WTO Sets up Panel over China-US Poultry Dispute

GLOBAL - The World Trade Organization (WTO) has set up a panel to examine China complaint over US restrictions on Chinese poultry exports. The relevant Chinese Ministry has urged the panel to investigate the dispute impartially.
calendar icon 3 August 2009
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The World Trade Organization decided on 31 July to rule on China's complaint over US restrictions on Chinese poultry exports, after Beijing accused Washington of "naked discriminative protectionism", reports AFP.

The WTO's members automatically set up a panel to examine the complaint at a meeting of its Disputes Settlement Body here, a trade source said, 11 days after China first requested its global trade watchdog to intervene.

"The panel was established," the source said.

Beijing says Washington is breaching international trade rules through several measures including an appropriations bill which it says result in a complete ban on imports of Chinese poultry.

"These unilateral measures fundamentally violate relevant WTO rules, significantly impede the ordinary Sino-US trade in poultry products, and substantially impair the rights and benefits that Chinese enterprises deserve to enjoy," China said in a statement released by its mission to the WTO.

"These measures are naked discriminative protectionism measures, which are strongly opposed by the Chinese government and enterprises," it added.

China and the United States halted imports of each other's poultry in 2004 over fears about the spread of bird flu, according to AFP.

Imports of some US poultry products to China have since been resumed but Chinese officials have complained that the United States continues to hold up reciprocal imports of Chinese poultry.

The United States argued that it had taken "an objective, science-based response" permitted under WTO rules while US authorities examine whether China's food safety system meets their level of health protection.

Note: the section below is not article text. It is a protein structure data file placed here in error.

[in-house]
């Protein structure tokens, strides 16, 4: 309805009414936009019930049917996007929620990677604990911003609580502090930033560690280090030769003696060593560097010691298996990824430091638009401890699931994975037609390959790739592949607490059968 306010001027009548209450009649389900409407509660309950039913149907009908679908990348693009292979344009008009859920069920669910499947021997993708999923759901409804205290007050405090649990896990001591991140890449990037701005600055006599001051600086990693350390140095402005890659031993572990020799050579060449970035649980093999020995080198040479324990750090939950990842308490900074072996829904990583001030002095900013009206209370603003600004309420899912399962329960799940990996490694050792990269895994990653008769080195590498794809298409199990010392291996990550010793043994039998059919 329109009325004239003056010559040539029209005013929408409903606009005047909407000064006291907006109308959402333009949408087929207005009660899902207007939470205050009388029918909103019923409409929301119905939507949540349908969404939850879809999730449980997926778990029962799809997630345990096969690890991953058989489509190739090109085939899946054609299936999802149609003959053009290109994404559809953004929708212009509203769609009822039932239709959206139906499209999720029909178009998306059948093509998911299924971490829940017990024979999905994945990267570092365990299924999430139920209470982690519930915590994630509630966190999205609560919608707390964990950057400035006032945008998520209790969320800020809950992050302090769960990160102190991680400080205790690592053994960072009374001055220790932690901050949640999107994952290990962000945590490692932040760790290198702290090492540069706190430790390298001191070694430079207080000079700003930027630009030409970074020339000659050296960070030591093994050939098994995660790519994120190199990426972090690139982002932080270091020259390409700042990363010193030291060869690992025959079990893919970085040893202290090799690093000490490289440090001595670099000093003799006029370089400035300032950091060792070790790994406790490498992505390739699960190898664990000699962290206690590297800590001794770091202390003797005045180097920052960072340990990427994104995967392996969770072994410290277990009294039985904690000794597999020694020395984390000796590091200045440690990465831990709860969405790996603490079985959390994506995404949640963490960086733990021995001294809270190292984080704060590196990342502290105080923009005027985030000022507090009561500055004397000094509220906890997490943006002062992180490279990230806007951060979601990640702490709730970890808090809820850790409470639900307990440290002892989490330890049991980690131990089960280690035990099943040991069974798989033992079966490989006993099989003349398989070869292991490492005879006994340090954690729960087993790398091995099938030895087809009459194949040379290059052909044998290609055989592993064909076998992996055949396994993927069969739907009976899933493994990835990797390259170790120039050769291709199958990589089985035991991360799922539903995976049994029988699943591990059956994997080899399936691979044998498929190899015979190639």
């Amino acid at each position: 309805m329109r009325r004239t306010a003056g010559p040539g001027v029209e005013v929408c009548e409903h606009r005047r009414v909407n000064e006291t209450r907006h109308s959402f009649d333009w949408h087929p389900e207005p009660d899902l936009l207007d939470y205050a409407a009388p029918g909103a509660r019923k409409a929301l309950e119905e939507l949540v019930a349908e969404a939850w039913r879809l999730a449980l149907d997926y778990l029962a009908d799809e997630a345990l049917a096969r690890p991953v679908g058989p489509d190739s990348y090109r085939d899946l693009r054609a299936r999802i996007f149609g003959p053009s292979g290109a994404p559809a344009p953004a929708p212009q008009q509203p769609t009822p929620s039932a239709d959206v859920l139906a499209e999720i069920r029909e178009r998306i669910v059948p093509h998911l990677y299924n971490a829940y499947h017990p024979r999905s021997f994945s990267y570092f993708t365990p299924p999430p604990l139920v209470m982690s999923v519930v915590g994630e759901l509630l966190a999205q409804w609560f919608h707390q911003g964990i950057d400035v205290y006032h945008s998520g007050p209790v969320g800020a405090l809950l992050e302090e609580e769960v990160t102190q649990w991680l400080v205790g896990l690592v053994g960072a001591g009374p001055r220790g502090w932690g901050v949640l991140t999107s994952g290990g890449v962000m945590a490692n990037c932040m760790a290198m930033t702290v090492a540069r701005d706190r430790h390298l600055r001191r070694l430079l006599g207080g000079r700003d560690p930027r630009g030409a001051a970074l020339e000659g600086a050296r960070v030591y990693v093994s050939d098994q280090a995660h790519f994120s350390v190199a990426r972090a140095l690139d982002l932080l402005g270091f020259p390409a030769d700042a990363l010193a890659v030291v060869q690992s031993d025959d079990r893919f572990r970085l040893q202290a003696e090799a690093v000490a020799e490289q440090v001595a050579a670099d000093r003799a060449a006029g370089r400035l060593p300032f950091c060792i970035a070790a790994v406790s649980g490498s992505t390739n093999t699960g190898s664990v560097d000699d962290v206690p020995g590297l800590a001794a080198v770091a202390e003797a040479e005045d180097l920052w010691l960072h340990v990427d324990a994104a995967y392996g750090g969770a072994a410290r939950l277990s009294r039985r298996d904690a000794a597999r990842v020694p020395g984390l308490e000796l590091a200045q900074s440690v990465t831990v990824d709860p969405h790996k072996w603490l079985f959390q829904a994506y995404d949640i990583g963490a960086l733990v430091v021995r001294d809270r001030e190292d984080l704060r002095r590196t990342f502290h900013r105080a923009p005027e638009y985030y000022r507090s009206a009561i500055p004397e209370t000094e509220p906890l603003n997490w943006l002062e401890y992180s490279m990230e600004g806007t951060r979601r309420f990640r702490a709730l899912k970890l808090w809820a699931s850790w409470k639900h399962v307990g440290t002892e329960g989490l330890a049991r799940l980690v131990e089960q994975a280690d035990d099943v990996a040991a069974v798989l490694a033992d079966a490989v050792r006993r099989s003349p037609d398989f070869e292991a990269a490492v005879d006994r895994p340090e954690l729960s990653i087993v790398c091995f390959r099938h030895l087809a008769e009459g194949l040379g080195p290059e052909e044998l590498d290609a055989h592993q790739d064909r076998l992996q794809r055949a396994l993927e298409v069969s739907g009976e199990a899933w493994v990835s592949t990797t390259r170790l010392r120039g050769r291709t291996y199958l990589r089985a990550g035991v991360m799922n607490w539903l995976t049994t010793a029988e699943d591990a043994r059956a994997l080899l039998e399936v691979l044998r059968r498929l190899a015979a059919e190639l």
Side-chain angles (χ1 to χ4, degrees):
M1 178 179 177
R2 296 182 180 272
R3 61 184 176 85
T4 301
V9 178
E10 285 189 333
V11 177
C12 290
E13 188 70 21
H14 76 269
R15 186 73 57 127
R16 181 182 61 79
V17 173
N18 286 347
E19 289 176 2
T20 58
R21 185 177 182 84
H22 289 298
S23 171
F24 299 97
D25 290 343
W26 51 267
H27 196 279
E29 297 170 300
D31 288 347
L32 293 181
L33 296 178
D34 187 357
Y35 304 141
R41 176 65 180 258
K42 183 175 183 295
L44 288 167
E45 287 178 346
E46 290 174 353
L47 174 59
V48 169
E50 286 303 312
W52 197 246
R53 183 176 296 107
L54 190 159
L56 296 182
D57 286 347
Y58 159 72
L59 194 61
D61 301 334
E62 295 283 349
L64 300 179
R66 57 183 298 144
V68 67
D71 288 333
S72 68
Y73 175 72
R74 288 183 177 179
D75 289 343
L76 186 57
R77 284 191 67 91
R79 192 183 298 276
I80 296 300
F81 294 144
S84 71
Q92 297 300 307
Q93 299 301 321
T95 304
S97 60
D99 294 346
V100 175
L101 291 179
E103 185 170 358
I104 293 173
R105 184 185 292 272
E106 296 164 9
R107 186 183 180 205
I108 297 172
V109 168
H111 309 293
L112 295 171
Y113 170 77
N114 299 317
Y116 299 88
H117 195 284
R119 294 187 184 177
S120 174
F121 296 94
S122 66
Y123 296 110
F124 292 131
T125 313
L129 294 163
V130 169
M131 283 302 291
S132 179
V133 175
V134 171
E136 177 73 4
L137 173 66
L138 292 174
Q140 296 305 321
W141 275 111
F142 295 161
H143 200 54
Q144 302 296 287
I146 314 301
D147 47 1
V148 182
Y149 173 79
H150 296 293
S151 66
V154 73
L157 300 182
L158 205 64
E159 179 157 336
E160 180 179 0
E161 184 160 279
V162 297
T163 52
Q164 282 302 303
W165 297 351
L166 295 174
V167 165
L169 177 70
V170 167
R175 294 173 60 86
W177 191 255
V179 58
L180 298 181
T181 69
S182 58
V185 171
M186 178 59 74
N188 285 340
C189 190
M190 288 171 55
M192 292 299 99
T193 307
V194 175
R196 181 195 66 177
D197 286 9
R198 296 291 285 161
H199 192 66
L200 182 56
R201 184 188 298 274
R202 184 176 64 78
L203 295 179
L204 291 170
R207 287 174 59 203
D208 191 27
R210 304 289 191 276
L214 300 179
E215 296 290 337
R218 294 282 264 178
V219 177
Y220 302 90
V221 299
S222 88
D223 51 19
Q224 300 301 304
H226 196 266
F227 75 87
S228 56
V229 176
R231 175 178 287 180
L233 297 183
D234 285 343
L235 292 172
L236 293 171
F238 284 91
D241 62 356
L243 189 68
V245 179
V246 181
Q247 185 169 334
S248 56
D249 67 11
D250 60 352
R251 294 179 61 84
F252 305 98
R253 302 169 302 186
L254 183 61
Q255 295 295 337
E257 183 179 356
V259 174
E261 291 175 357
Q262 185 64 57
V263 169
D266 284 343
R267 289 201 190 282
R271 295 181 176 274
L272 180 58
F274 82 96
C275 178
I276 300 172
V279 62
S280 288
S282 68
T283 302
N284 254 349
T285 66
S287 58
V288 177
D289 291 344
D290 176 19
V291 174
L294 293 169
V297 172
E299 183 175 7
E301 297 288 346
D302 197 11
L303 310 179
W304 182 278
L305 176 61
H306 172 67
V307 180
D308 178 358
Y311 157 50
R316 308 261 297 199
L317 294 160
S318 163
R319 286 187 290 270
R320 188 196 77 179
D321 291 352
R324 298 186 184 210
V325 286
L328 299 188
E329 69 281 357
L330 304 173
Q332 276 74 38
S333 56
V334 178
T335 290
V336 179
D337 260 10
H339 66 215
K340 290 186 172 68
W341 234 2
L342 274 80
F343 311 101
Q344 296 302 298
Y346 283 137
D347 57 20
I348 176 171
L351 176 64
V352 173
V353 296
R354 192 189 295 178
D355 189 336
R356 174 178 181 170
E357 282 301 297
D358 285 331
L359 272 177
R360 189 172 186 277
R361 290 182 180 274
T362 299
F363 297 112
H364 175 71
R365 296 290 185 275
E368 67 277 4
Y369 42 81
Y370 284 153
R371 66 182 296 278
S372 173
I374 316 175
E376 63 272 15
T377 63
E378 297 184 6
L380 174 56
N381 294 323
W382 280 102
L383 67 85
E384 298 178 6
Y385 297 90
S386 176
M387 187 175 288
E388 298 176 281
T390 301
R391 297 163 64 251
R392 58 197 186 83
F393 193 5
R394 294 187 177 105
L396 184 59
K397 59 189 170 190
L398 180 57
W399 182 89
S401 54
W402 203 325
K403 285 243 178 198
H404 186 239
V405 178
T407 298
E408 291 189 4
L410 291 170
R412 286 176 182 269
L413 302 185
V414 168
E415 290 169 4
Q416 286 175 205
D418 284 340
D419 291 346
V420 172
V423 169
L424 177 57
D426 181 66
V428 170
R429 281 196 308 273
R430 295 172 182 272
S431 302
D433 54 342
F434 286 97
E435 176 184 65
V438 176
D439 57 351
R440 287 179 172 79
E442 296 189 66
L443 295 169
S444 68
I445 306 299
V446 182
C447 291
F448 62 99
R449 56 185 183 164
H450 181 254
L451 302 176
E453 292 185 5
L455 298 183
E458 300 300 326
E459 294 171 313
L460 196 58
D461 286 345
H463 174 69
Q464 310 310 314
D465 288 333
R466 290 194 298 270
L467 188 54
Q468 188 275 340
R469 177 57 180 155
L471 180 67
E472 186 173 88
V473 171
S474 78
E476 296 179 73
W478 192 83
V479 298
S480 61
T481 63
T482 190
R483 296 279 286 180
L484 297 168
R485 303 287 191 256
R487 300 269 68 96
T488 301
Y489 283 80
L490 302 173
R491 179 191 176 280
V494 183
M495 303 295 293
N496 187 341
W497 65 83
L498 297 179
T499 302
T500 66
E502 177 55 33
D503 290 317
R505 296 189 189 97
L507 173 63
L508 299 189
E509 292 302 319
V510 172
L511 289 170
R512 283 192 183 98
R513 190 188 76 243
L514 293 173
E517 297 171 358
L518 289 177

"We do not agree with China's assertions that the measure at issue amounts to a discriminatory or protectionist measure," the US said in a statement to the WTO meeting.

"Although we are disappointed that China has chosen to pursue a panel in this matter, we are confident that this dispute can be resolved through the WTO dispute settlement system."

"Therefore, we see no reason that this or any other dispute should have repercussions on any other trade matters between the United States and China," it added.

The decision by the WTO's member states came after both sides failed to resolve their dispute in talks.

A panel of experts is set up automatically on the plantiff's second request, in this instance after the United States vetoed China's first request for a WTO ruling on July 20, concludes the AFP report.

Ministry urges impartiality in China-US poultry dispute probe

China hoped experts of the World Trade Organization (WTO) would be "impartial" and "just" in handling the Sino-US poultry trade dispute, Ministry of Commerce spokesperson Yao Jian said on 31 July.

Official sources report Mr Yao's comments made in a statement after the WTO announcement it would set up the expert panel, at China's request, to investigate and rule whether a US ban on Chinese poultry imports violated WTO regulations.

The US has completely banned imports of poultry products from China since 2007 through its annual appropriation acts and other measures, said the statement.

These unilateral measures fundamentally violated WTO rules, and significantly disrupted the normal poultry meat trade between China and the United States, Mr Yao said.

Such measures are typical acts of protectionism, which the Chinese government and enterprises strongly opposed, he said.

The Chinese government was resolved to defend the legal rights of Chinese poultry meat producers under WTO rules.

It usually takes 45 days for a WTO expert panel to be set up, and panelists need at least six months to examine a dispute and give a final ruling.

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